With regard to Nagase's role, the nature of this story, the one armed rapist is the character who draws more attention because of the extremeness of his behaviour and actions, so in order for the writer to not be overwhelmed as a character, we needed somebody who was strong and would maintain that role in balance, so I was very pleased that Nagase agreed to be in this very low budget, low profile film, I was very pleased that he agreed to act in it.
KS: I just want to mention for those of you who don't know, the budget of this film was just 12,000,000 yen, it's impossible if you think about it, and they shot it in 10 days.
Q. Usually in Japanese films dealing with the war, they end up with a 'Banzai' scene at the end of the film. This film depicted much more the extreme terror that was involved with the war, so the question is, were you drawn to this film as a war film or as a story kind of film?
JI: We were looking for an idea to make a film about the war when we encountered this book.
As you mentioned, for the last 30 years or so, most of the films in Japan about the war have been heroic young men who go off to war and die for their country. But the fact is that during war time as well, people still have hunger, they still have sexual desire, they still lead their daily lives. So our feeling was that we wanted to make this film as my generation's contribution to the history of war films and pass on these memories and these observations to the next generation. Again, the aspect of World War II that has been neglected over the last 30 years, along with the war responsibility of the Emperor, are the crimes committed by the Japanese military overseas, so it was important to address those questions.
Q. The storyline of the rapes and the rapist being arrested and tried for those rapes, was that in the original story?
JI: They did not appear in the original story, the rapist and those incidents are based on actual cases that took place at that time, but they were not in the original book.
Q. What were the most difficult things you felt you had to deal with during the making of this movie, what was most difficult about these roles?
NE: The most difficult scene for me was when I made eggs for the author and when I was making those eggs I break down and begin to cry. That was a difficult scene for me to do.
MN: She did a very good job with that seen. It was very endearing. In reading the script and in the original book as well, each line, each scene involved a great number of changes in emotional carriage, and it was difficult to thing to figure out how to manage that, how to carry it off.
Q. I'd like to ask the actors how much research they did in preparing for these roles and whether they relied on the screenplay and also whether when they were growing up they heard from their families any experiences about the war.
NE: I've never experienced war and I've also obviously never experienced life as a prostitute, so for both of those reasons I needed to research and find out what that life was like, so I read quite a few books in preparing for the role.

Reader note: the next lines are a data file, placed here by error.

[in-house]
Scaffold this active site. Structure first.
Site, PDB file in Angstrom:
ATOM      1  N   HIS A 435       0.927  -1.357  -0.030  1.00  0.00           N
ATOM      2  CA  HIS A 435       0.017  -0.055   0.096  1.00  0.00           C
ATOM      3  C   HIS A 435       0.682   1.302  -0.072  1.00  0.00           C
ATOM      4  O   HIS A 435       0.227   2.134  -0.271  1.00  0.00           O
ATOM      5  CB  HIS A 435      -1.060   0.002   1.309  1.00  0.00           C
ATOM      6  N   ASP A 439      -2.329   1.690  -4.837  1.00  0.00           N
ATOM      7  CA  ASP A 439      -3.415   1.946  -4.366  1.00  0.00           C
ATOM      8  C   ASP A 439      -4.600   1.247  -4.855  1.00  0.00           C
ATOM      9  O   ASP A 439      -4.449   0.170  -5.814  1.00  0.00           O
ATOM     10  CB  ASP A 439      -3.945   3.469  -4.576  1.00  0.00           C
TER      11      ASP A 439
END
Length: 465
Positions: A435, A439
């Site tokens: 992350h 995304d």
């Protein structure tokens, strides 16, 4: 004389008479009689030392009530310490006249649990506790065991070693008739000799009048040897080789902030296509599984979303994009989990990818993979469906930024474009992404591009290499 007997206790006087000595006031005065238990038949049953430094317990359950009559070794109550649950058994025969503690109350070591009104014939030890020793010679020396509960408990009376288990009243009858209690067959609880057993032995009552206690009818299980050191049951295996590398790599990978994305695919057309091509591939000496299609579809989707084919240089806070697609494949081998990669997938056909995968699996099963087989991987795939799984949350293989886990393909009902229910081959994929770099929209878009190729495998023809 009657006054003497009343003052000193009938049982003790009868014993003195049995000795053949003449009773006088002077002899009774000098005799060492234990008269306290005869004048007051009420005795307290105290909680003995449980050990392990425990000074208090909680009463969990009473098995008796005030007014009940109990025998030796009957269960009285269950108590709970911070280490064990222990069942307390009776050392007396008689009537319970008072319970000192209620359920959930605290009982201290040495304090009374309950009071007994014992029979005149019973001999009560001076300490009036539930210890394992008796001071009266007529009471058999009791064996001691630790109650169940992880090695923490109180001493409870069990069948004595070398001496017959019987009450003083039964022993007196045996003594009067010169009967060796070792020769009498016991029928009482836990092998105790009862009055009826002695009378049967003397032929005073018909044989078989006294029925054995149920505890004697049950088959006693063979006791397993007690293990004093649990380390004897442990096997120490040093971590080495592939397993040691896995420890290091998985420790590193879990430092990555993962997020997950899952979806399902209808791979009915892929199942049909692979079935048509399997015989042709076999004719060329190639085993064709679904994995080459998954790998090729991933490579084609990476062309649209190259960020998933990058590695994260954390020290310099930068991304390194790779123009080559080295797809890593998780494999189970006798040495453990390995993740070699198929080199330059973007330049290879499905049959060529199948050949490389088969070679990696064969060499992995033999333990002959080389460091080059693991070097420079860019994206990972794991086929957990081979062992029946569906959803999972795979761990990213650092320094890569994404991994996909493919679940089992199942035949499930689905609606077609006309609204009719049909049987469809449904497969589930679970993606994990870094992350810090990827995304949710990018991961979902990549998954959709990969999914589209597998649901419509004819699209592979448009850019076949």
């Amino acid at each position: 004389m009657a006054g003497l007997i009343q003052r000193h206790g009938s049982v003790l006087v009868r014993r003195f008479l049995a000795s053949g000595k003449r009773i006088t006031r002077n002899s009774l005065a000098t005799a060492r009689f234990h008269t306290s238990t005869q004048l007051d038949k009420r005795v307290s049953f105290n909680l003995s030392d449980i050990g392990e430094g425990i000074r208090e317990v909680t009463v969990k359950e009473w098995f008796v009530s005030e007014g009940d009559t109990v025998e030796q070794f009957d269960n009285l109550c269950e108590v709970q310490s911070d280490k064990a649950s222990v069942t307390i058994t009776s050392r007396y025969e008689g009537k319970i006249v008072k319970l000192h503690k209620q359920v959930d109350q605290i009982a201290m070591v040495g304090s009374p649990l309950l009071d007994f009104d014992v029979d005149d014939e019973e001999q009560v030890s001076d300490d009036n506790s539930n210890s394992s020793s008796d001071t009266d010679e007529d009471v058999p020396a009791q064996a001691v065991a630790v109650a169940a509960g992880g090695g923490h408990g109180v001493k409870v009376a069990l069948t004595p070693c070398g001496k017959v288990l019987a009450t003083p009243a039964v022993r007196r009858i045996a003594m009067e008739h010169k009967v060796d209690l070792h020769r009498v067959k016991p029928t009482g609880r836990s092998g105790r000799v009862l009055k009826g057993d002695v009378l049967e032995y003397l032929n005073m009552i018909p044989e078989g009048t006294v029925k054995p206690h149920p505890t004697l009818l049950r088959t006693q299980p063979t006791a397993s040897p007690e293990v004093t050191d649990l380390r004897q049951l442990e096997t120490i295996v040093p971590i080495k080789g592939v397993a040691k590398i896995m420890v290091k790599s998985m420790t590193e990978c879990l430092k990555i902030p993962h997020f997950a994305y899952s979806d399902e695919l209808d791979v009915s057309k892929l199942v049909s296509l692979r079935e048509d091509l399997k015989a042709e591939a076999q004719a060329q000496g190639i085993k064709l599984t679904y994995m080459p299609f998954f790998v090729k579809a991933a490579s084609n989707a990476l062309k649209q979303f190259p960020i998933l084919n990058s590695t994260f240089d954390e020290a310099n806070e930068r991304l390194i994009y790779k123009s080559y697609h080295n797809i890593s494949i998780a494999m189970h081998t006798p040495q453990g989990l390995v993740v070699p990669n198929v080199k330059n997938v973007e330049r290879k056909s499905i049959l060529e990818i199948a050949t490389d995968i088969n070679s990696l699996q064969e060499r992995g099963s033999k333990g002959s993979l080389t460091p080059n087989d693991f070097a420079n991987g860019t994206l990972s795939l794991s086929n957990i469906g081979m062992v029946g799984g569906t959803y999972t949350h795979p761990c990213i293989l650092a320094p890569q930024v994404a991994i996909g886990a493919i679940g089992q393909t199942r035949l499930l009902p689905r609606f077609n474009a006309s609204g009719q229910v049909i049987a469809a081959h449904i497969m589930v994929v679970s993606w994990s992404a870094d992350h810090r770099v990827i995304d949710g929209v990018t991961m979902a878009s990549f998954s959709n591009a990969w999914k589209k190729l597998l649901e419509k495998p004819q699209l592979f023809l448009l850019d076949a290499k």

MN: I likewise started with Takeguchi's books and novels. I read those and also about drug addiction, as my character dies from drugs, so I researched that too.
NE: Growing up, I never heard stories about wartime.
MN: My mother's father, my grandfather, fought in the war, he didn't like to talk about it much.
JI: My father lived through the bombing raids but there was never anytime we sat down as a family and talked about it, I didn't hear any of those stories from my Grandfather either.
Q. I want to ask you about this 30 year history of Japanese war films you were talking about, because one of the films this does look a lot like and has a similar production context to is Wakamatsu's CATERPILLAR, and thematically there are similarities or resonances there too. So if you are seeing this as a political filmmaking project, I want to ask you about the cut off of those 30 years and your desires to make a kind of political film like Wakamatsu made in the 60s, and if thats the case, is rape the only way you can resuscitate political filmmaking in Japan?
JI: Of course there are other ways of depicting war and the reality of war, it's just the choice we made with this film to make rape as the subject. The rape was not just a scene that was taking place in the movie but it was also referring to the rapes that occurred in China and in Korea as well, in a sense those rapes as a metaphor for the war of aggression that was being fought on the Asian mainland.
Q. Why did the screenwriters and director go out of their way to incorporate scenes of rape that were not in the original story? There are certain people who will say that Japan's behaviour during the war was not as bad as the kinds of sexual violence perpetrated by the Western army during the war, so why did you make that choice to incorporate things that were not in the original story?
JI: The opinion expressed by the questioner is the kind of opinion that is becoming more and more commonly encountered in Japan, becoming more prevalent in Japan than ever before, and its the very reason that we incorporated those scenes in the film.
There are people who argue that what Japan did, the kinds of crimes that Japan perpetrated during the war are also the same kinds of things that Western armies perpetrated, that they're happening in Iraq and elsewhere today, and Japan also did good things and some people had good experiences with the Japanese army occupation of China and Korea.
All those opinions could never serve to justify the war of aggression that Japan perpetrated during World War II, and that idea is itself a self-persecution complex that's being played in Japan, that idea is a pernicious idea that should not be allowed to go unchallenged.